Thank you for your Question regarding the security camera that your
neighbor has taken upon himself to install to watch your apartment
building's parking lot.
In this 'Big Brother' society that we find ourselves in these days, I
too share your concern when an individual presumes to monitor a public
space without even so much as warning the users of the public space
that they are doing so, and without providing any information about
what they are doing with the images that they may or may not be
I will record here for posterity the information I provided in the
clarification request above:
It is not illegal to observe, by either direct or indirect means, a
public space where an individual cannot have a reasonable expectation
of privacy. The parking lot of an apartment complex definitely falls
into this category; even if it is private property, the precedent is
set by Indiana Code Title 9, section IC 9-25-2-4, which defines a
private parking lot as a public highway for that section of the code
dealing with financial responsibility for motor vehicle insurance.
About the only thing that your spying neighbor may be guilty of is
perhaps going against the terms of his lease, if he is renting his
apartment and the terms of his lease specify that he is not allowed to
make any permanent changes (such as mounting the camera) without the
prior permission of the landlord. If he owns the apartment, then that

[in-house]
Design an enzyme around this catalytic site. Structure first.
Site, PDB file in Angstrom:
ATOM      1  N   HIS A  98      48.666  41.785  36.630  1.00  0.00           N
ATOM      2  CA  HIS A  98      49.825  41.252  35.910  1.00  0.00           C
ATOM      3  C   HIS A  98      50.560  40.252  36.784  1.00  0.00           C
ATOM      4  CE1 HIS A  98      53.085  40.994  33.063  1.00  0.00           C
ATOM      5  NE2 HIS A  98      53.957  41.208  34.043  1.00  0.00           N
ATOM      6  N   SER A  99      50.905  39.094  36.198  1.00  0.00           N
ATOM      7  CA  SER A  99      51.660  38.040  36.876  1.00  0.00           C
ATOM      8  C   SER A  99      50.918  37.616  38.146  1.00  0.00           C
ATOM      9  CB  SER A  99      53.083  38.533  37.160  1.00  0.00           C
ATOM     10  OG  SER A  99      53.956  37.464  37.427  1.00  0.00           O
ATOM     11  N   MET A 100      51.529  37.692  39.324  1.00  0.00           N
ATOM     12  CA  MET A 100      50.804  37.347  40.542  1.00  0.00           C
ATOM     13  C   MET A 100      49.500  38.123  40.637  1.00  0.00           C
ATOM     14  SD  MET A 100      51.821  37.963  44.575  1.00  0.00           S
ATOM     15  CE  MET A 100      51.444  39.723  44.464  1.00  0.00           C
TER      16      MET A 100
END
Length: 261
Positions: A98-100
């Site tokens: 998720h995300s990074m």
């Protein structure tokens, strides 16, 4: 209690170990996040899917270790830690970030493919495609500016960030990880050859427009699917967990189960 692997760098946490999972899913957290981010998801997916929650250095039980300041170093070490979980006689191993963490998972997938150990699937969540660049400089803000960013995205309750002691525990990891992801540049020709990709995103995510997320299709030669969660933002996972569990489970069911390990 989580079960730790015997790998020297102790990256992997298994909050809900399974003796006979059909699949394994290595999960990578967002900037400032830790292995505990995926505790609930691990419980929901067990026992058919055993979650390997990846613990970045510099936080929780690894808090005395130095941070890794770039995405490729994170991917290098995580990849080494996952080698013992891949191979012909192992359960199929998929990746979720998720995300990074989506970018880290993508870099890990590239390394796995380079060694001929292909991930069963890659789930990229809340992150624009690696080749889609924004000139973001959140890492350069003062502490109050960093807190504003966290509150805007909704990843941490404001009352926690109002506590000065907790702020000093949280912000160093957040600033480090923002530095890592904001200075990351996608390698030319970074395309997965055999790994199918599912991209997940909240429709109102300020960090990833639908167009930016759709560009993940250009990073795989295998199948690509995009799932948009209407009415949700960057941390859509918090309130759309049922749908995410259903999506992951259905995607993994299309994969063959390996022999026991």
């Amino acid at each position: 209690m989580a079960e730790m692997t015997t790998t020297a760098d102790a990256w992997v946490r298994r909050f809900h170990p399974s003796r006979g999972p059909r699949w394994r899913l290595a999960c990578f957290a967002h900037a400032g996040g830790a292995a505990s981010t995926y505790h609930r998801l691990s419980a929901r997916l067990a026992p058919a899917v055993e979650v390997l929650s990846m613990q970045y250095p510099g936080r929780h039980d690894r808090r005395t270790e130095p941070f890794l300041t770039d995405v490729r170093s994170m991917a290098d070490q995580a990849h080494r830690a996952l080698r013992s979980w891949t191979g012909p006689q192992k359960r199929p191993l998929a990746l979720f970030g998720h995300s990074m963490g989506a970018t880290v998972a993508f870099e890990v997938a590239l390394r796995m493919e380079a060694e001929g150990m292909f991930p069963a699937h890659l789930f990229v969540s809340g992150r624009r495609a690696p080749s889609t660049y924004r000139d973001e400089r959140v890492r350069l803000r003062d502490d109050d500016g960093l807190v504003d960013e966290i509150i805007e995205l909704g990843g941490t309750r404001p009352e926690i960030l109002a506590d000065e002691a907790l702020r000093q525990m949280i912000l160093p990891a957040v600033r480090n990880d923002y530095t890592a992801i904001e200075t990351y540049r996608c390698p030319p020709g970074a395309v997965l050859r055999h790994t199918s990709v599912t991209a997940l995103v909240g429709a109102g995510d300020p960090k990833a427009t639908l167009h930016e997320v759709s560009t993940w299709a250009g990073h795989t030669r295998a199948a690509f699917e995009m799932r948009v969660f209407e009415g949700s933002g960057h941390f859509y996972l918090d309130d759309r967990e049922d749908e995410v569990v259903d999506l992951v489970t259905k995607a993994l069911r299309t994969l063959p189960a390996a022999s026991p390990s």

won't be the case.
As well, if the camera is mounted outside of his apartment on the
exterior wall of the building, which would therefore be a common
element of the building, then the building's strata council would be
within its rights to order him to remove the camera from the common
element; however, he could then simply remount the camera inside his
window, and you'd be back in this current situation.
About the only thing you can do, short of committing a crime such as
vandalizing the camera (and naturally neither I nor anyone else here
at Google Answers will ever suggest you do that!!! See disclaimer,
bottom of page...), is to legally interfere with the camera's ability
to 'see'. As long as you are not using an illegal transmitter or a
restricted device, you can follow along the path of Michael Naimark
How to ZAP a Camera: Using Lasers to Temporarily Neutralize Camera Sensors
Laser pointers are cheap these days, I think I've seen them in dollar
stores. As long as you are not using it as a weapon to harm someone,
it is perfectly legal to possess and use one. The effect on the camera
will be similar to sunlight reflecting off a car mirror on a bright,
Good luck with this, to you and your other concerned neighbors! The
issue isn't the camera, after all. Many management companies install
their own cameras to help monitor and protect their residents'
vehicles. The issue is the lack of accountability by the spying
neighbor, to the uesrs of the parking lot.
Google Answers Researcher